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How to Cook a Brisket

It’s a Harder Question Than You Might Imagine.

Grocery store flyers rarely catch your eye, but this week’s gets your grilling juices jumping: a sale on brisket. It’s not just any brisket, either. It’s the choicest cuts your grocer offers. You practically drool as you get ready to head out to buy some. Then, you realize you have little experience on how to cook a brisket. How does that work, especially on a smoker grill?

Your question is actually a tricky one. However, you came to the right place to get some down to earth advice. The answer to how to make that brisket the talk of the family dinner for days greatly depends on what temperature you cook your brisket at and what your process is.

What Is Brisket?

To learn how to smoke a brisket in a smoker or bring out its flavor with BBQ rub or sauce, you should first understand the meat. Brisket comes from the cow’s chest area. This leaves the meat kinda tough at first blush. After all, those cows have pretty lean, muscular breast regions. Despite this fact, brisket can become tender, juicy and delectable if it is cooked properly.

The trick to cooking a brisket is to give it the time it deserves. You cannot and should not rush a cut of brisket, which makes heating it in a smoker a perfect solution. The longer it warms up, the more the connective tissues fall apart, eventually leaving meat that slides away from the knife and fork.

Now that you know where brisket comes from, you need to understand how to bring out its best — and not rough ‘n tough — side.

How to Smoke a Brisket in a Smoker

Let’s dive right in. When smoking a brisket, I don’t like to recommend a cook time because it’s impossible to give an exact read. Everybody cooks brisket a different way. Some will cook them at 225 for 16hrs and never take it out to wrap. Some will wrap, but cook them at 275 degrees. There’s no wrong way to do it!

With that being said, you do need to make sure that no matter how you cook your brisket, you wind up with an internal temperature of at least 195 degrees Fahrenheit. Do not eyeball the meat! Make life easy and buy a trusty meat thermometer. That way, you will never end up with undercooked and potentially unsafe entrees. As you get more accomplished at smoking a brisket, you may be able to get a good idea of how to tell when smoked brisket is done by stabbing it with a fork or knife. Hit any resistance? It has a bit to go. Slide right into the meat? It is probably done. Just use the thermometer for backup to be certain.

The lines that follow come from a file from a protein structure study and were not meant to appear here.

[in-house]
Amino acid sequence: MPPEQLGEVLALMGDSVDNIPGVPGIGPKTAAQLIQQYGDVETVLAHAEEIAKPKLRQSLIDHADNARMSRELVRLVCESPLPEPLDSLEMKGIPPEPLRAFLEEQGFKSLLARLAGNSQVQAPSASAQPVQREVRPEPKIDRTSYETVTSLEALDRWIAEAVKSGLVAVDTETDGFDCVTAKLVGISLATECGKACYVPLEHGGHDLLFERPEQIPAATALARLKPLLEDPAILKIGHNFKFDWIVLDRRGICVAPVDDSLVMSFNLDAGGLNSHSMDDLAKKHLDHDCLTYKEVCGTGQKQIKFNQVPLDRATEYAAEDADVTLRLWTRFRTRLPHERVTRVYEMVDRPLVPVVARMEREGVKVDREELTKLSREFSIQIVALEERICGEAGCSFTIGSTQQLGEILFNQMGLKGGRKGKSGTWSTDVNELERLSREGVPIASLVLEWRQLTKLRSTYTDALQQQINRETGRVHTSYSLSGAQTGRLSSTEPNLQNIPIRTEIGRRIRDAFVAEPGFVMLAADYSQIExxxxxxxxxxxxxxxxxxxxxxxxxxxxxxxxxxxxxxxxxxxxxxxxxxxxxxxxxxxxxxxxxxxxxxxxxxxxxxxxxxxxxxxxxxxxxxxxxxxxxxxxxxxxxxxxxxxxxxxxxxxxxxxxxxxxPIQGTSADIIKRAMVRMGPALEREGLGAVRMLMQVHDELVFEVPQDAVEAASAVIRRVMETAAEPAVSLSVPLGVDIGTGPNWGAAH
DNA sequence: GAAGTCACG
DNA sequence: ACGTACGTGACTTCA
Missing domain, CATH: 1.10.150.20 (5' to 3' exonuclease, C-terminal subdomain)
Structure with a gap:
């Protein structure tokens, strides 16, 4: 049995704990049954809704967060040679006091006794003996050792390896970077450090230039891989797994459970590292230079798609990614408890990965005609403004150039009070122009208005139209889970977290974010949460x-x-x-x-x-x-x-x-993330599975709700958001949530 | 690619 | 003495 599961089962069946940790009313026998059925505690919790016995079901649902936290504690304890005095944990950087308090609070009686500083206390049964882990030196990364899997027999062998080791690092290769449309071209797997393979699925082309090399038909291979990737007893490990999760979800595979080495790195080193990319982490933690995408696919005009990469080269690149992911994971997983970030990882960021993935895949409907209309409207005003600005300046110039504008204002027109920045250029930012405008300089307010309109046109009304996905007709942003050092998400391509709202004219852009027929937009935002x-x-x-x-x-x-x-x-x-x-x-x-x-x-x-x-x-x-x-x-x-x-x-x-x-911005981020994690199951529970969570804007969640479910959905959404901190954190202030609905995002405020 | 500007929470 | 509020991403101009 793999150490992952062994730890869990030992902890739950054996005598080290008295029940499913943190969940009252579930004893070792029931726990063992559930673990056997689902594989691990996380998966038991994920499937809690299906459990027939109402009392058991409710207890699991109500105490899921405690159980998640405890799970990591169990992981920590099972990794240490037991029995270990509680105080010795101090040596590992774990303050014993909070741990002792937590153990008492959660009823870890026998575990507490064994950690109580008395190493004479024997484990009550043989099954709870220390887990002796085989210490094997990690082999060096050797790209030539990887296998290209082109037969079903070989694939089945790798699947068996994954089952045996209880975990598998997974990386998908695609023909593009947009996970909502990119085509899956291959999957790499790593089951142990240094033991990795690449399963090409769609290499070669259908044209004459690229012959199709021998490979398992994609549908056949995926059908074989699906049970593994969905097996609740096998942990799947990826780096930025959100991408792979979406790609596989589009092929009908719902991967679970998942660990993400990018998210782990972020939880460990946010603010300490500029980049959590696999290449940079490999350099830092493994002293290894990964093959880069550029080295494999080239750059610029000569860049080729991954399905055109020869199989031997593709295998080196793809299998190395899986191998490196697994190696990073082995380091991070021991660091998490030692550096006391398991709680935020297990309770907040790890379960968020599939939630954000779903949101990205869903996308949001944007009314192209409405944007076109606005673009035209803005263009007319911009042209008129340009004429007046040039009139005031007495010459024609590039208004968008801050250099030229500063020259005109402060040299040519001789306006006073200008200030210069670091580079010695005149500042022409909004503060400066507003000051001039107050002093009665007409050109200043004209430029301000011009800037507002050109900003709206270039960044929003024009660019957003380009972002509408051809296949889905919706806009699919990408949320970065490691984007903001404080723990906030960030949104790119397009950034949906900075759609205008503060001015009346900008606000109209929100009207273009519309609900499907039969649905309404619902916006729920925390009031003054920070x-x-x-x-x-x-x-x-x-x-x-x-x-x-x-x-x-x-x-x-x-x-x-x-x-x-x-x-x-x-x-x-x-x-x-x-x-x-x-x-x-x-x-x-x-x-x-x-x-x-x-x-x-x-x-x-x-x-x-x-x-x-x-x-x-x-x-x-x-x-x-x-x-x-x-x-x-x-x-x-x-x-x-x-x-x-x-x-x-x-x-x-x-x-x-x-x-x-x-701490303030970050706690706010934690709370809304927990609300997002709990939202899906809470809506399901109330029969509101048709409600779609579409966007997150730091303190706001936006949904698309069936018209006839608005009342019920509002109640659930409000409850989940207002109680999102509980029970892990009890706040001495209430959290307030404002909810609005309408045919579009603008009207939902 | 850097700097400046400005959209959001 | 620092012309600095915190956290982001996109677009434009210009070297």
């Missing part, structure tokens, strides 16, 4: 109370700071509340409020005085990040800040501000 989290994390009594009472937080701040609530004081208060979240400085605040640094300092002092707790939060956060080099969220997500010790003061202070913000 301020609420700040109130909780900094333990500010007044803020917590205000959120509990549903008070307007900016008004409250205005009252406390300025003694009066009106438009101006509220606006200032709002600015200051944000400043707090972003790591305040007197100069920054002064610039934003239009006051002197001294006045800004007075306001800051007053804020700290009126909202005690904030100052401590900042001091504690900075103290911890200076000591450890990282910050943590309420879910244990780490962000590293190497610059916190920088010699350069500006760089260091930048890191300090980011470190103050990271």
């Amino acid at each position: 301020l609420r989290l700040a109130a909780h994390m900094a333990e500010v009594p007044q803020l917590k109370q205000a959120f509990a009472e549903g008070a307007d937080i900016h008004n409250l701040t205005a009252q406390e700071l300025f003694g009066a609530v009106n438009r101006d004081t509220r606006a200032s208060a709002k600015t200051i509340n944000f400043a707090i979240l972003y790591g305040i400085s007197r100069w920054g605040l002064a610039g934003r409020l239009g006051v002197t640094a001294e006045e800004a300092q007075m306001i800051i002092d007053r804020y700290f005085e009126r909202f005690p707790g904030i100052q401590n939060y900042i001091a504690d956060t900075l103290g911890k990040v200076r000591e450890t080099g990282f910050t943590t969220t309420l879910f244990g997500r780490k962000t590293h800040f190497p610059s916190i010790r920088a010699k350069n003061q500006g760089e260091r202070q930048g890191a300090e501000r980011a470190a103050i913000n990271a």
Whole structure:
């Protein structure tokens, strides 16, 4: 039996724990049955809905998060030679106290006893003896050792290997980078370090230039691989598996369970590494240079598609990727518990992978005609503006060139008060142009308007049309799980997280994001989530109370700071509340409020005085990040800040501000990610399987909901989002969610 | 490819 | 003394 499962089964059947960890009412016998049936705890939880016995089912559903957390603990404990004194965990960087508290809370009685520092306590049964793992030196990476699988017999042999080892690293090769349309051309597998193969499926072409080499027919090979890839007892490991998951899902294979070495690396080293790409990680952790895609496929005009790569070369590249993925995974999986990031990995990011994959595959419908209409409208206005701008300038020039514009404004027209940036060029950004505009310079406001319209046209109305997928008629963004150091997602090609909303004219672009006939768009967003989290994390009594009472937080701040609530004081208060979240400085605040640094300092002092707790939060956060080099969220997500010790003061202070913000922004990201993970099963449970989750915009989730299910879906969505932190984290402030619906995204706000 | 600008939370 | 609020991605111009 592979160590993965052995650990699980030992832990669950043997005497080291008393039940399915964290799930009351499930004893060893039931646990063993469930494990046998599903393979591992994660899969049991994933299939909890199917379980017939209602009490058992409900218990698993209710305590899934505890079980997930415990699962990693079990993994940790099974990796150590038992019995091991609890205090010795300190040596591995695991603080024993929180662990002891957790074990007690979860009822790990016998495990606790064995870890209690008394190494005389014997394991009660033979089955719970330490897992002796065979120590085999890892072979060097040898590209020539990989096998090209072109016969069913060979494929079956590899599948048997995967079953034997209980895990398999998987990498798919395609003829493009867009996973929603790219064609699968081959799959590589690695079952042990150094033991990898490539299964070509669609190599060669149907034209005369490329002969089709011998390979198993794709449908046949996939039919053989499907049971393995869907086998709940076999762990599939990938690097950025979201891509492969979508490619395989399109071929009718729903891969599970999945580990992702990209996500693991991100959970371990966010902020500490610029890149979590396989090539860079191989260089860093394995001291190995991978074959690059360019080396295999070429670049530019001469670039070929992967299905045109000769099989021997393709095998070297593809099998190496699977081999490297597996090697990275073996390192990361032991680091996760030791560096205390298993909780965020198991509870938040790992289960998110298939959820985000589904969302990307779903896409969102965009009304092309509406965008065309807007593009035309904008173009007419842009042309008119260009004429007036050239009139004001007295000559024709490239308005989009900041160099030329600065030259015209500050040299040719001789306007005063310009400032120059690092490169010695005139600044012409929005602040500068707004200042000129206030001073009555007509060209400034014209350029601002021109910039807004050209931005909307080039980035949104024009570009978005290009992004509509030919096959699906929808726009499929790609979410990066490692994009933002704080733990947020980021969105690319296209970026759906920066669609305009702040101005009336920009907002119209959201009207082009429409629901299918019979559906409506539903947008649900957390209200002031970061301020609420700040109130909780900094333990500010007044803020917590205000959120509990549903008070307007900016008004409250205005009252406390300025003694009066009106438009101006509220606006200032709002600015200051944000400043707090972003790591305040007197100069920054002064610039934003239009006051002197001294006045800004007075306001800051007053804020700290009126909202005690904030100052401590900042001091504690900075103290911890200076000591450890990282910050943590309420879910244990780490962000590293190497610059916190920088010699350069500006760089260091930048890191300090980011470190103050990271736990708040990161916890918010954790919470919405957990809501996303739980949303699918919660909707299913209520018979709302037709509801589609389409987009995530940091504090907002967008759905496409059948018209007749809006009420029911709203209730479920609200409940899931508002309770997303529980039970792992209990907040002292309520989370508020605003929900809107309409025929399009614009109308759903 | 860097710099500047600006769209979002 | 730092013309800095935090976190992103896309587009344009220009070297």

Pick Up A Meat Probe

What Temperature Should You Smoke a Brisket in a Smoker?

There are several factors to consider when choosing a cook temperature and cook time. This includes wrapping the brisket: whether with foil or butcher’s paper, it can affect the cook. The trim of the meat will also affect the cook time, dependent on if you trimmed the thickest part of the fat cap off or not. Then there’s size: is it a whole packer or a brisket flat? 12 lbs. or 22? This can greatly alter the temperature and time spent in your Grilla Grill.

With all of that said, lo’ and slo’ is usually my method to smoke a brisket. I like it to get it the most tender and juicy while it spends a bit of time in the smoker. If that isn’t your style, what’s great about the Grilla or Silverbac is that they can do hot and fast or low and slow. Either grill will help you get your desired results.

Should I Grill a Brisket Fat Side Up or Down?

Of course, that still leaves a big conundrum: Do you smoke a brisket fat side up or fat side down? The answer is that both can work wonders to keep a brisket beyond tasty. Just resist the temptation to remove the fat because marbling is absolutely your friend!

With the fat side up, you basically baste the brisket in its own sweet juices. With the fat side down, you provide a bit of cushion between the meat and the heat, ideal for slow cooking. So why not get the best of all worlds and just turn your brisket carefully every two or three hours? That way, you can enjoy a succulent cut of meat. Add some spice rub, cook it over mesquite or hickory smoke pellets, and you have a BBQ brisket that will disappear faster than you can say Grilla Grills.